Liz Wager on the launch of the concordat to support research integrity

Liz WagerI just attended the launch of the concordat to support research integrity developed by some major UK funders and Universities UK.

It’s easy to quibble at documents that try to achieve consensus on big issues. Invariably there are some recommendations I’d prefer to be stronger, but instead of carping I’ll focus on some highly positive developments. From the viewpoint of COPE (the Committee on Publication Ethics—which I chaired up until March this year), two of the biggest problems for editors faced with suspected misconduct is knowing how to contact institutions and lack of transparency (see BMJ 2011;343:d6586). I’m therefore pleased that the Concordat echoes COPE’s own guidelines that every institution employing researchers should “identify a senior member of staff to oversee research integrity and to act as a first point of contact.”

I’m also delighted that the Concordat recognises the need for greater transparency. It recommends that each institution should produce an annual statement summarising its activities to promote research integrity, its processes for handling misconduct allegations, and (perhaps most radically) any investigations that have been undertaken. This annual statement should not only be presented to the institution’s governing body, but should also be made public. This really is a major advance. Too often, investigations are shrouded in secrecy and editors who need information in order to decide whether publications should be retracted or corrected, are kept in the dark. I have heard anecdotal evidence of UK universities refusing to inform journals about the outcomes of research misconduct investigations because they fear this might breach employment law. Concerns about gagging clauses enforcing NHS whistleblowers not to disclose problems also persist. Therefore, recognition that more openness is needed is truly welcome.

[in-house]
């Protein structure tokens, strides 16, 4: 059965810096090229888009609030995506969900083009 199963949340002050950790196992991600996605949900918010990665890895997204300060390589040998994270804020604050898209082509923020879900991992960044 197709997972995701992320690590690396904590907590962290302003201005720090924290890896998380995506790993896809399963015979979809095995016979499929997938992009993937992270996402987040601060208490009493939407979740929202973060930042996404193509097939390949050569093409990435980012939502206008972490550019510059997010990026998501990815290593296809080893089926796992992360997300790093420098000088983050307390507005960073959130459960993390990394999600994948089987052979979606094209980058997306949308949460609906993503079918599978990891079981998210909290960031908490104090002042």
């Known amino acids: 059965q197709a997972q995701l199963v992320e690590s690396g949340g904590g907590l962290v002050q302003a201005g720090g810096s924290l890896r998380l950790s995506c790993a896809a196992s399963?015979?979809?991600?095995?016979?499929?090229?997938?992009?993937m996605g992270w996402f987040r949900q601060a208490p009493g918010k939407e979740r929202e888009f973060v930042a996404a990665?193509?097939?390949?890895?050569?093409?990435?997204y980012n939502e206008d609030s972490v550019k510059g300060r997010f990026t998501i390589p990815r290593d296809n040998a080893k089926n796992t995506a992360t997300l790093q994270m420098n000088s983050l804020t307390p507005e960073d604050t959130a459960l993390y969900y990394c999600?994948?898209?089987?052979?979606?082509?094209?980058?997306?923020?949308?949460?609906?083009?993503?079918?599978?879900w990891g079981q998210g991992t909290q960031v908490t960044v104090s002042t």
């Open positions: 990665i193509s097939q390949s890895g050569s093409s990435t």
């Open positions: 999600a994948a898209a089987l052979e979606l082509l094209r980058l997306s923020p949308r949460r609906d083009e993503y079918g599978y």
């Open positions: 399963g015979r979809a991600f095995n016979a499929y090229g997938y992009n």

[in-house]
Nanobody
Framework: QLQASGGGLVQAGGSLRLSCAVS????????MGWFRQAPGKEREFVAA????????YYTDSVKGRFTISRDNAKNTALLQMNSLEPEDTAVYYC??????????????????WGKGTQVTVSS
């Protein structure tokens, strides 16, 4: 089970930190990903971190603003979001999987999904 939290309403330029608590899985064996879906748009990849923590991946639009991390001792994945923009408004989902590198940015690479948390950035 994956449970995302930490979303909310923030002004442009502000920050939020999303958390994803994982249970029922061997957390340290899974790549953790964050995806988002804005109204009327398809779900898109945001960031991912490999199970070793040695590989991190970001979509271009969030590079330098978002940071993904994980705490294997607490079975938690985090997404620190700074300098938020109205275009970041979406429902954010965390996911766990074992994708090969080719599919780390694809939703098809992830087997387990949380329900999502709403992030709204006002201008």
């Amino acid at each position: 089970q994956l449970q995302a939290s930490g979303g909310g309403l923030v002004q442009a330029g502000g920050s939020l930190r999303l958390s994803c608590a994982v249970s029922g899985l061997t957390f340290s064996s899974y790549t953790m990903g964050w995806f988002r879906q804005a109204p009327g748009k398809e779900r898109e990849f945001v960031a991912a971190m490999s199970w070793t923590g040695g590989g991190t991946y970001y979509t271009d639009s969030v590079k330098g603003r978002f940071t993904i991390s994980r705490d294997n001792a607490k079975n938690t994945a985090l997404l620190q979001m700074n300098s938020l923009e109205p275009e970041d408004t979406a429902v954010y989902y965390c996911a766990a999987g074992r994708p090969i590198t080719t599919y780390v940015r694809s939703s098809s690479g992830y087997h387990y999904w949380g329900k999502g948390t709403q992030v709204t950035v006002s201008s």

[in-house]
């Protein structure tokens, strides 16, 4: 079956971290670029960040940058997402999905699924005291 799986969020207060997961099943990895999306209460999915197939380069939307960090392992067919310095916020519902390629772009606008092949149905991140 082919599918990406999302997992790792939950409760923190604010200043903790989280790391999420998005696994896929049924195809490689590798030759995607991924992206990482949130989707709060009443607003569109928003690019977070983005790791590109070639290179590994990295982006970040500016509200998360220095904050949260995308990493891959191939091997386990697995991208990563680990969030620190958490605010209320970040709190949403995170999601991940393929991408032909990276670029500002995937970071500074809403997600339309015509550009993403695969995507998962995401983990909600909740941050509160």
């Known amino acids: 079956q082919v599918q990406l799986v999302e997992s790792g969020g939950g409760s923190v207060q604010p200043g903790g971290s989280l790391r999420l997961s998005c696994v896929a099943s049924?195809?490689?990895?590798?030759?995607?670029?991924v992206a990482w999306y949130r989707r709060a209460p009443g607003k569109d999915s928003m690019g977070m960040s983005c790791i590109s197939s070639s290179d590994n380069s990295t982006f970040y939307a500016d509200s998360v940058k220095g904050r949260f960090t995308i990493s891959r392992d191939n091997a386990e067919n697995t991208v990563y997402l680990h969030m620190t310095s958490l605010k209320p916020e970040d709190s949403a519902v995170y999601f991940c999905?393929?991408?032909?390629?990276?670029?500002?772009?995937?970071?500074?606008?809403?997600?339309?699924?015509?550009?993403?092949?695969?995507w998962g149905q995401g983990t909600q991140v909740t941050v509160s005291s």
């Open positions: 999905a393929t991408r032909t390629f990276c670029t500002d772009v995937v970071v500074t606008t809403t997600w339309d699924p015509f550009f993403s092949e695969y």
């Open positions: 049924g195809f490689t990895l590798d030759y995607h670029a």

Grand sounding documents are, of course, worthless unless they are enforced. One particularly encouraging aspect of today’s meeting was the commitment from funders such as the Wellcome Trust, UK Department of Health, and Medical Research Council (as part of RCUK) to make compliance with the Concordat a condition of grants. This means that these helpful recommendations come armed with some potentially sharp teeth.

Liz Wager PhD is a freelance medical writer, editor, and trainer. She was the chair of the Committee on Publication Ethics (COPE)  (2009-2012).


  • make compliance with the Concordat a condition of grants”

    I do hope that is going to be taken seriously. I can easily imagine a situation where it means that someone ticks a box on the grant form saying “we promise to comply with the Concordat”, but that a subsequent breach of it has zero consequences.

    Am I being overly cynical?

  • Liz Wager

     You’re right — the funders (and/or others) will need to monitor this. A ‘tick-box’ exercise will be futile. But if compliance (suitably checked) really becomes a condition of getting a grant, then that should be an excellent motivation. We’ll certainly need some audit of this (and the annual reports and appointment of Research Integrity officers would, to my mind, be a good place to start). There also needs to be proper funding for this checking and, I hope, for support systems, for example, the UK Research Integrity Office, which offers advice and training.